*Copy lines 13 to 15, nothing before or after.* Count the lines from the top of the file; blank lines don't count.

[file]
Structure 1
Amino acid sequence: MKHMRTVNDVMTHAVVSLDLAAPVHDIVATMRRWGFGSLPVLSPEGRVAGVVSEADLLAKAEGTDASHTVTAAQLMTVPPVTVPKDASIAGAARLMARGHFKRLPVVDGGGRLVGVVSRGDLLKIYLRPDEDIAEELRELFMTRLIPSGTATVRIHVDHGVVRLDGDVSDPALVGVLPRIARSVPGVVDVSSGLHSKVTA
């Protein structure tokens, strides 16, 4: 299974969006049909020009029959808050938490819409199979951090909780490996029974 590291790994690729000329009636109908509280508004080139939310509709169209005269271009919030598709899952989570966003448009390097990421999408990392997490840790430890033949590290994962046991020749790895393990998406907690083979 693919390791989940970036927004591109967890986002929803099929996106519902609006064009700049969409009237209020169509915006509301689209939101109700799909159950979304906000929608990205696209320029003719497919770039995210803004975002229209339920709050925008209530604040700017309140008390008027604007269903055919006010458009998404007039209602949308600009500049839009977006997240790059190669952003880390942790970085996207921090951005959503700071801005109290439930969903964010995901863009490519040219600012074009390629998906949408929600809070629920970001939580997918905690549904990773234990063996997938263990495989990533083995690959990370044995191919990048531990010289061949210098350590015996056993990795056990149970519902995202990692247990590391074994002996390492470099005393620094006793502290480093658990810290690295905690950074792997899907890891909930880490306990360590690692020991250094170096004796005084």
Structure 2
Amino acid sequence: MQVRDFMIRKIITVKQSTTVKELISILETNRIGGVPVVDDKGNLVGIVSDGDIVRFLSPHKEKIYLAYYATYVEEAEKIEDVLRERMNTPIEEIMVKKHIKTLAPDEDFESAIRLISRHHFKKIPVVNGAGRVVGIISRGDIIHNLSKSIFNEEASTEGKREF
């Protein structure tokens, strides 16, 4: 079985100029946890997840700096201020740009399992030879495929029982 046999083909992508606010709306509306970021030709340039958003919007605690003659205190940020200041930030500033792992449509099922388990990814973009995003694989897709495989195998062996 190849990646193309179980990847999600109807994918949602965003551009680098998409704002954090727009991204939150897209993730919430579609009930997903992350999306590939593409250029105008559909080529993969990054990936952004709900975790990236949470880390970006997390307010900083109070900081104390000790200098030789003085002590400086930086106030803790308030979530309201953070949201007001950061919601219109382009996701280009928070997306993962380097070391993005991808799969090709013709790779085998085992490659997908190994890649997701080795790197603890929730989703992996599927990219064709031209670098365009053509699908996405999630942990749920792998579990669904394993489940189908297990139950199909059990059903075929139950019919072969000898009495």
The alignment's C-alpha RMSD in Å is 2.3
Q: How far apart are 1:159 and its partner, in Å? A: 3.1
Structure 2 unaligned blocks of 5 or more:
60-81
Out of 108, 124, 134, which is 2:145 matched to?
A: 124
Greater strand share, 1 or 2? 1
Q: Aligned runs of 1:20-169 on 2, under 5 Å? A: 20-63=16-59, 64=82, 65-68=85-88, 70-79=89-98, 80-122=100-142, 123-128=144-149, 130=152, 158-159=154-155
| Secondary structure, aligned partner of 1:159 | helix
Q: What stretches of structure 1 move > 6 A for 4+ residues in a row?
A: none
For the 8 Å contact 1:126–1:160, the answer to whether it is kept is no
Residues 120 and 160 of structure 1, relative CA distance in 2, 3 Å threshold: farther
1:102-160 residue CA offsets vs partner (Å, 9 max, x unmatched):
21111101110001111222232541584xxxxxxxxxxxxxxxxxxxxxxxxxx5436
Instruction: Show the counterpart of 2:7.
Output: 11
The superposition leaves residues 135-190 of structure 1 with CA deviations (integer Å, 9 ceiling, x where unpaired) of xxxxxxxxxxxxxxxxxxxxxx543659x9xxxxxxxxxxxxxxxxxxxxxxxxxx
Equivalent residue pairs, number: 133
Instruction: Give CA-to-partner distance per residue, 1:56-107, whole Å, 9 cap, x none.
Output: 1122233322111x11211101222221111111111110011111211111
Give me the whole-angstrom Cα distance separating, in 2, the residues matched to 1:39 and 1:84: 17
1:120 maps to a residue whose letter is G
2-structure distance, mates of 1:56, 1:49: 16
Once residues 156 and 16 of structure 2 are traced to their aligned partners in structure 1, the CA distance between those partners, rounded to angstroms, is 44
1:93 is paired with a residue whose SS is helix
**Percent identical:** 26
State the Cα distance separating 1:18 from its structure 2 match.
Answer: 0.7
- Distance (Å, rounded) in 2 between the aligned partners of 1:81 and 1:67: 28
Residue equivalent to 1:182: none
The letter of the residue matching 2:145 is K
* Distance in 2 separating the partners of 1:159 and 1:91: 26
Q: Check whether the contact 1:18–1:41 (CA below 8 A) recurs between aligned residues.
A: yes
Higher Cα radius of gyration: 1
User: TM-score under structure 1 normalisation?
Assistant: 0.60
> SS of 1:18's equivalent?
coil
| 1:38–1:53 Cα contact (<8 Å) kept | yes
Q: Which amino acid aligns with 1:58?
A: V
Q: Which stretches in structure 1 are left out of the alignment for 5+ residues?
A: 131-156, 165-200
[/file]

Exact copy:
Greater strand share, 1 or 2? 1
Q: Aligned runs of 1:20-169 on 2, under 5 Å? A: 20-63=16-59, 64=82, 65-68=85-88, 70-79=89-98, 80-122=100-142, 123-128=144-149, 130=152, 158-159=154-155
| Secondary structure, aligned partner of 1:159 | helix